@ www.airmailrecordings.com

Yeah Yeah Yeahs – “Fever to Tell” 11/37:28
Yeah, these members of the latest Next Big Thang tinker with their Art-Wave-Punk sound but not quite enough to be accused of “selling out” (it’s not like they’re borrowing the Matrix folks from Liz Phair), and songs like the dub-infected “No No No” show they still have some ideas left in them, but overall it doesn’t quite have the impact their earlier, shorter CDs did (one advantage of limiting yourself to 3 or 4 songs is that there’s not a lot of room for filler)`. Let’s put it this way: whenever I’d play something from their previous releases on my radio show I’d always get someone calling up asking “What is this?!?”; I don’t see that happening with this release. If they don’t tighten up things next time around they’ll be faced with the dilemma of going from being a Potent Musical Force to simply being this year’s Elastica. David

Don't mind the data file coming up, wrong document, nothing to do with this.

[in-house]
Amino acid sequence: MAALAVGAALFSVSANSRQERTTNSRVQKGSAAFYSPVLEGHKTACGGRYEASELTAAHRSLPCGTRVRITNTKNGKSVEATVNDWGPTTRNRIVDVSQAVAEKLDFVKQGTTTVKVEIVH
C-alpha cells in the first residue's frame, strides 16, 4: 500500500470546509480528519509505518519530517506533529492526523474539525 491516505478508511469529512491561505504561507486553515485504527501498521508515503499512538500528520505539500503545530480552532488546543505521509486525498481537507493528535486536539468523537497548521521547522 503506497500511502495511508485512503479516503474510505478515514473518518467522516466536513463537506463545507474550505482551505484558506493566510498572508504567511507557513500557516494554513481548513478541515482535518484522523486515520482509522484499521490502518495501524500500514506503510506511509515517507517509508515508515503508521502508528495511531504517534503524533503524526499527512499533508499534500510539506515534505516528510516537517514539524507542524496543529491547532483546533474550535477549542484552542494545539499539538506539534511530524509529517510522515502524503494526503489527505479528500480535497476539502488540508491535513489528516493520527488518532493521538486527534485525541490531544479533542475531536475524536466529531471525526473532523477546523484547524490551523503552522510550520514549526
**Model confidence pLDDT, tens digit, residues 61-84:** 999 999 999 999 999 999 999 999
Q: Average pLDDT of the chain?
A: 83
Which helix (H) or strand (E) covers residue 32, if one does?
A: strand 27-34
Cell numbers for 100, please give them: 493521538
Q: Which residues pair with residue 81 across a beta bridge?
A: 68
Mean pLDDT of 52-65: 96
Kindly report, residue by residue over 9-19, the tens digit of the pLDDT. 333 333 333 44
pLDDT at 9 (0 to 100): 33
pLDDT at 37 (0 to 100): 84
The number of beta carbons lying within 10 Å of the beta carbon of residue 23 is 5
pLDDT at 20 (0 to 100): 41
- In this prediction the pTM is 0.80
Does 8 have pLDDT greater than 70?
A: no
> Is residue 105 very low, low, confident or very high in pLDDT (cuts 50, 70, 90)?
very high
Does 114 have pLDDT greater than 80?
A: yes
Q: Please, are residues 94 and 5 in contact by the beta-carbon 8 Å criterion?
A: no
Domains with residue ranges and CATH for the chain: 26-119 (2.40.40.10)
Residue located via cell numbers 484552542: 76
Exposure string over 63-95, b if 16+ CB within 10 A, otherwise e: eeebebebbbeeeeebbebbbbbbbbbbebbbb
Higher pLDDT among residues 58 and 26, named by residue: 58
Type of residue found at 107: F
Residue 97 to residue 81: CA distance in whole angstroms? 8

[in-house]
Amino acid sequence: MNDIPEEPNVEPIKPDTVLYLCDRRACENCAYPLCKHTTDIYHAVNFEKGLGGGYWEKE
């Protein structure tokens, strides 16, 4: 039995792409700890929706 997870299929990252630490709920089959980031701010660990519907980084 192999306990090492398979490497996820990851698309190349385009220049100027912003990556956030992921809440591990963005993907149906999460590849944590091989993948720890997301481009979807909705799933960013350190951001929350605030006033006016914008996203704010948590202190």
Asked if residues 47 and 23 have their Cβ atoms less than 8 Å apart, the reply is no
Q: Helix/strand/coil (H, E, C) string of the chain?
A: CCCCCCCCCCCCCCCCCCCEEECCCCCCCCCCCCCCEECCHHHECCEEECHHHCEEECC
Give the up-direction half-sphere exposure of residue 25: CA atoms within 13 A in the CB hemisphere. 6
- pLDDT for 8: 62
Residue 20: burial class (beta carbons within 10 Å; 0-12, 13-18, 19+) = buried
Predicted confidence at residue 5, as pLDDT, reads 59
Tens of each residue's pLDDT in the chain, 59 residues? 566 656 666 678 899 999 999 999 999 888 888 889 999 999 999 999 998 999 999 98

@ www.interscope.com

Year of the Rhinos - s/t CD 10/36:06
Despite the fact That the album looks like a repackaging of the latest Iron Butterfly collection, Year of the Rhino really do bring something new to the table on this effort. Channeling the Byrds, YotR unleash one of the surprises of the year - an album of psychedelic rock that still sounds fresh and doesn’t need 73 layers of distortion to be interesting. “Stop the Time” and “Greedy Girl” particularly shine. Pretty damn impressive for an unassuming little record from Sweden. Ryan
@ www.rainbowquartz.com

Yma Sumac – “Voice of the Xtabay” CD 26/77:29